Then, joy of joy, I picked RETRIBUTION FALLS from my 'to be read' shelf and found myself on the airship Ketty Jay with a bunch of disreputable ne'er-do-wells - an inept rag-tag crew of odd-bod pirates with interesting and shady pasts. What really set this book apart from others I've read over the past 12 months is that the characters feel real; they're interesting; Most importantly of all, I CARED about them. I didn't expect they'd all get to the end of the book still alive, and the thought that one of them might come to a sticky end actually BOTHERED me.

When you have a great bunch of characters like this, then add a good story, the result is something very special. There are none of the increasingly tired old Steampunk clichés: no vampires; no zombies; no genuine historical characters acting ridiculously out-of-character. Just a convincingly real cast and a cracking good plot.

I finished the book in bed last night. Before going to sleep, I got up, logged on, and ordered the second Ketty Jay book, The Black Lung Captain: Tales of the Ketty Jay. It's that good, and I can't wait to catch up with the crew in their next adventure.

V Highly recommended
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1 of 1 people found the following review helpful
2.0 out of 5 stars One star for effort, and one for the Golem, 4 April 2014
By 
Eileen Shaw "Kokoschka's_cat" (Leeds, England) - See all my reviews
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This review is from: Retribution Falls: Tales of the Ketty Jay (Tale of the Ketty Jay 1) (Paperback)
Trying hard to be a rip-roaring adventure set in a nameless world – this is Steampunk. I never quite got on with steampunk. This version was frankly formulaic, often relying on the laddishness of the world in place of plot development and riddled with the overuse of adverbs (she said bitchily), women are either whores or a wink away from offering themselves, apart from one, who isn’t really a human entity. Not that one expects realism in steampunk.

Apologies to all who like the sub-genre for this review, but really folks, this could have been set anywhere and relies entirely on fast moving fights in air and on land. It reminded me of the Musketeers series currently gracing our TV screens, unoriginal plotting, formulaic characterisation, the best thing about it was the Poker-like game and instructions on how to play at the end of the book. I tried to like it for what it was and there was some interest for me in the character Jez, and I liked the cat Slag and Bess the golem. The writing values were absolutely terrible. Every cliché under the sun, and then some. I guess it just wasn’t for me.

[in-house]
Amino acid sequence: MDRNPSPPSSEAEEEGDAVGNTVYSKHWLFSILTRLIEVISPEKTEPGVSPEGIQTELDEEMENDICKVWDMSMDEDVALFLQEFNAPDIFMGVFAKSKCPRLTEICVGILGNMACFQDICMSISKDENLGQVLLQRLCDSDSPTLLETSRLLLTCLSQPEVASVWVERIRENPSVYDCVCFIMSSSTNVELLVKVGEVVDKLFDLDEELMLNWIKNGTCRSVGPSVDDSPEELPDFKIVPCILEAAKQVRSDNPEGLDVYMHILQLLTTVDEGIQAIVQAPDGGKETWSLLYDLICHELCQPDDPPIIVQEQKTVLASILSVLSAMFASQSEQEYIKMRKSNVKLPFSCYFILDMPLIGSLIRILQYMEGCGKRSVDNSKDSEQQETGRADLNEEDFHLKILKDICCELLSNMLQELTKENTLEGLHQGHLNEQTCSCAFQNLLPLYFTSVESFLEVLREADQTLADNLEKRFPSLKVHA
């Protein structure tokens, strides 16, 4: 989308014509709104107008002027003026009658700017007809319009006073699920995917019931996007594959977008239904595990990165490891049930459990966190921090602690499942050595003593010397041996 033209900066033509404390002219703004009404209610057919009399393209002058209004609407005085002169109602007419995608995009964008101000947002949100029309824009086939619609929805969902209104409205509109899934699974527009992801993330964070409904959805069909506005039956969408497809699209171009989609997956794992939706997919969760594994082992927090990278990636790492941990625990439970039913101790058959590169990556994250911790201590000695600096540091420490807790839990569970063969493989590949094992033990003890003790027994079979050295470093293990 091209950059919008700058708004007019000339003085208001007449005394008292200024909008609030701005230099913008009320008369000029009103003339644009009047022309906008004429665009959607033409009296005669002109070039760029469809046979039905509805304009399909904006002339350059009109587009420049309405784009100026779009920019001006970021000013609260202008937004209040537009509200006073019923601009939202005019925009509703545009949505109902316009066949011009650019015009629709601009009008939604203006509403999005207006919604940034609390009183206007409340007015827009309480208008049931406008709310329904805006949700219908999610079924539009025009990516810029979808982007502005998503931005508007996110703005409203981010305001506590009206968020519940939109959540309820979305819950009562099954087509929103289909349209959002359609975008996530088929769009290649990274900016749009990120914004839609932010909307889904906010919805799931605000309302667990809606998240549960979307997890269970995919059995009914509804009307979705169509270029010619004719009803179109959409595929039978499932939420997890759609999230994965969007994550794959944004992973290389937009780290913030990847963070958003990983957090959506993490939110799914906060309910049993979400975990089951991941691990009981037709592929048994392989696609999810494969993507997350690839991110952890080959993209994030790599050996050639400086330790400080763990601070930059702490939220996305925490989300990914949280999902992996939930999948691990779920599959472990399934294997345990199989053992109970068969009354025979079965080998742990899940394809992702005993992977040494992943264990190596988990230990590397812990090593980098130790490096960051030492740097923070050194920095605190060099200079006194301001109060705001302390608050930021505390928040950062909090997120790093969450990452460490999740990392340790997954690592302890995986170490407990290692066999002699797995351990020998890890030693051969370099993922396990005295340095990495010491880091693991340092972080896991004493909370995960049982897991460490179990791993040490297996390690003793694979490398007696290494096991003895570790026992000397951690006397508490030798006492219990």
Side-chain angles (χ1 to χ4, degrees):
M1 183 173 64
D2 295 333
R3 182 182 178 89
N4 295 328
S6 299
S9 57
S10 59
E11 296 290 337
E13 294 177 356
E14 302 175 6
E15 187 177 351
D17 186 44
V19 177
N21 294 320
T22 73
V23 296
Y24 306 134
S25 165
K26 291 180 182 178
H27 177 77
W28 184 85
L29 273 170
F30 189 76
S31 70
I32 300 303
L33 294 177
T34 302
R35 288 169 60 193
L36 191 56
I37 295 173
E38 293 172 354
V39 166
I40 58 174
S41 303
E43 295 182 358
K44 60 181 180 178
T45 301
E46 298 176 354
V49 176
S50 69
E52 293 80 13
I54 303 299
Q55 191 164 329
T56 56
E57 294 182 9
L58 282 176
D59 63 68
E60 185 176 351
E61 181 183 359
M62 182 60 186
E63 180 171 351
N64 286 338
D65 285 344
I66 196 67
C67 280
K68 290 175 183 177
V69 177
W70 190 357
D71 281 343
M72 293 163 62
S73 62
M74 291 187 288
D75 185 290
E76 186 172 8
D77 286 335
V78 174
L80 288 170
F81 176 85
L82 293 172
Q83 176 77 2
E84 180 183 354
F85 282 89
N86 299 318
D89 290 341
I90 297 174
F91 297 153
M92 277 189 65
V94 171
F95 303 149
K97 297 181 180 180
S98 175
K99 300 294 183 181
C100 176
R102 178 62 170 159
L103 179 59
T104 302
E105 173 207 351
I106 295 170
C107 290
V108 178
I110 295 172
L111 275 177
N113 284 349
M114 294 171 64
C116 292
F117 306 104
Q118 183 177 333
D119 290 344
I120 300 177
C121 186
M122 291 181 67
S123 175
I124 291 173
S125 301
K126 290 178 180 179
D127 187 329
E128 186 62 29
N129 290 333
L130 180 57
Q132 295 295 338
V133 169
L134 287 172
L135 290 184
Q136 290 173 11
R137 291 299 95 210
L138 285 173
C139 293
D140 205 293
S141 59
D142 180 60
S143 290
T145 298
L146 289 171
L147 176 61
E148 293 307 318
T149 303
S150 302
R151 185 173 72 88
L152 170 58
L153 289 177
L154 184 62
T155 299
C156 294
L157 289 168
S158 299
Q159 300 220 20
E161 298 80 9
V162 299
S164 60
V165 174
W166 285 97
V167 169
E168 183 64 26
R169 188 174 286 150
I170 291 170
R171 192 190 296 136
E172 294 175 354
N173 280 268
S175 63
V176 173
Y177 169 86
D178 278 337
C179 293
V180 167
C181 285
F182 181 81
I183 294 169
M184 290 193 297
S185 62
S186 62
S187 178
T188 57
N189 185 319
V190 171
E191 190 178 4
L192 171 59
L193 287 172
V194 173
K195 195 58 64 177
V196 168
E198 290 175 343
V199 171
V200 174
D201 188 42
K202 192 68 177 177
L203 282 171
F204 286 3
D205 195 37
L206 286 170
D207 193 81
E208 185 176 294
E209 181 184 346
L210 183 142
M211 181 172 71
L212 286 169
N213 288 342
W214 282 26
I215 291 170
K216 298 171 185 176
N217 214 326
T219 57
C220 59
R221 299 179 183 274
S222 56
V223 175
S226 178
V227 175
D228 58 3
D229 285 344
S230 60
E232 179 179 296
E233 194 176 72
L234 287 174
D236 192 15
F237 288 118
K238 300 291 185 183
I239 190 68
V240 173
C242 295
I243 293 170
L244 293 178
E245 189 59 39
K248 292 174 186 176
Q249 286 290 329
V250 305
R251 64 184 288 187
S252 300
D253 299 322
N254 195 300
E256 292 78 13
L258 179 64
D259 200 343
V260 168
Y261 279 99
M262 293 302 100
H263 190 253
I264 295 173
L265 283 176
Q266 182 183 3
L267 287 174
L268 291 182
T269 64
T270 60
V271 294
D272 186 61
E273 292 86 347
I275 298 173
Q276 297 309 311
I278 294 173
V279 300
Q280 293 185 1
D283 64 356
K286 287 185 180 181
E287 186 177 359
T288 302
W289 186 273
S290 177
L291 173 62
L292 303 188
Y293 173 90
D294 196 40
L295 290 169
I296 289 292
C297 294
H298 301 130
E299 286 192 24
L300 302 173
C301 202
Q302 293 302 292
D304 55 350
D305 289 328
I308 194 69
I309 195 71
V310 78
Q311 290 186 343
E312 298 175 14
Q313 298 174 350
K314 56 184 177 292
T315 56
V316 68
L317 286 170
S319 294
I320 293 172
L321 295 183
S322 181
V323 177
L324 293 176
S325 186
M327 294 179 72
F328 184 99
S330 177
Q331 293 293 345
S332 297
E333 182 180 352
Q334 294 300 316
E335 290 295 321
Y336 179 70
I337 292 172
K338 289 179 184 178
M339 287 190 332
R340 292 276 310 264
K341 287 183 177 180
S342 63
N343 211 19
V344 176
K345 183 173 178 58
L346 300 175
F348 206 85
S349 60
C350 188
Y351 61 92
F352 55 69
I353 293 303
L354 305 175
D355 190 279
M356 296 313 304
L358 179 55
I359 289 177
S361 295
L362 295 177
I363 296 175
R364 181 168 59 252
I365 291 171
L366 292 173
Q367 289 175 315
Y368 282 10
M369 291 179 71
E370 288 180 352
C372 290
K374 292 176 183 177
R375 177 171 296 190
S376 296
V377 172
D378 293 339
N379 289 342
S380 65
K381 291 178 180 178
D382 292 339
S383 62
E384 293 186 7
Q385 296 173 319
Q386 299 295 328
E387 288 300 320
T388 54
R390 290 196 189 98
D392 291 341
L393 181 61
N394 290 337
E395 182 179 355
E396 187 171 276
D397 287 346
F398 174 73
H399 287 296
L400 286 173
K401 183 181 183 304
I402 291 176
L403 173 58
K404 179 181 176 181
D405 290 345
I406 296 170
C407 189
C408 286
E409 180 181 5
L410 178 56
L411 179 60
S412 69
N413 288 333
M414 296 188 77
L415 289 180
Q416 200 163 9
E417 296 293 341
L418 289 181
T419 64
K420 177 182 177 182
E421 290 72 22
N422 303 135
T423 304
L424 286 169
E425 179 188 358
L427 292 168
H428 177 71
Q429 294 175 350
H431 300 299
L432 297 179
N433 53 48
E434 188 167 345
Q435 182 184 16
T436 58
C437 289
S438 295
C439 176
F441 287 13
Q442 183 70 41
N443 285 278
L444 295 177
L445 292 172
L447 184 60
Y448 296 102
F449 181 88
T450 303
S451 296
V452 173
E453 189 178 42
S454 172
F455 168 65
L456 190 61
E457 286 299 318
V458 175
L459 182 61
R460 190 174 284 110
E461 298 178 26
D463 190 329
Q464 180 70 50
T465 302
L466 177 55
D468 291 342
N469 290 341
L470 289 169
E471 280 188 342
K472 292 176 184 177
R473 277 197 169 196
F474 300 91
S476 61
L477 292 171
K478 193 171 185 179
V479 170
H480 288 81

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1 of 1 people found the following review helpful
3.0 out of 5 stars ok, 14 April 2015
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This review is from: Retribution Falls (Paperback)
I find myself stuck in the middle of the road about this book. I find that I simply disliked the main character. I’ll grant that there was a lot of personal growth throughout the book and a lot of what I disliked about him also made him a much more realistic character than many other such characters in the genre (which is all good), but when it comes right down to it, I didn’t enjoy the time I spent with him. Thus, I just didn’t much enjoy the book.

It did have a lot of dry wit and humour in it. It did have an interesting crew and a lot of action and adventure. The writing was tight, if occasionally a bit repetitive. So, there is plenty to like here for another reader. But for me it was all overshadowed by my dislike of Frey (and by extension his treatment/the book’s representation of women).

When I checked this book out of the library, I also got the sequel (The Black Lung Captain) but I don’t think I’ll bother reading it. And that probably tells you as much as anything about where I stand on this book.
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1 of 1 people found the following review helpful
4.0 out of 5 stars Retribution Falls: Swashbuckling Fun, 16 Nov. 2014
I’ve read reviews of this novel where it is compared to the TV series “Firefly”. Such comparisons are probably inevitable, given the types of characters created by Chris Wooding but they are also a little over-stated. Sure, the story involves a team of lawless, morally good misfits and their adventures aboard a ship as they travel to and from various towns and cities on an alien world. But the premise is also very different in-so-far-as it takes place in a universe where the ordinary laws of science don’t apply.

I’ve read very little cyberpunk so I cannot say how this book stands up against its peers. What I will say is that Mr Wooding has produced a well-structured, fast-paced story with well-developed characters and a mystery that unfurls nicely and comes to a satisfactory conclusion. It is part one of a four part series, under the title “Tale of the Ketty Jay”. Yes, I recommend the book to those not totally hung-up on the purity of the cyberpunk genre, and who are just looking for a good yarn to enjoy.
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Retribution Falls: Tales of the Ketty Jay (Tale of the Ketty Jay 1)
Retribution Falls: Tales of the Ketty Jay (Tale of the Ketty Jay 1) by Chris Wooding BA (Paperback - 5 Jan. 2012)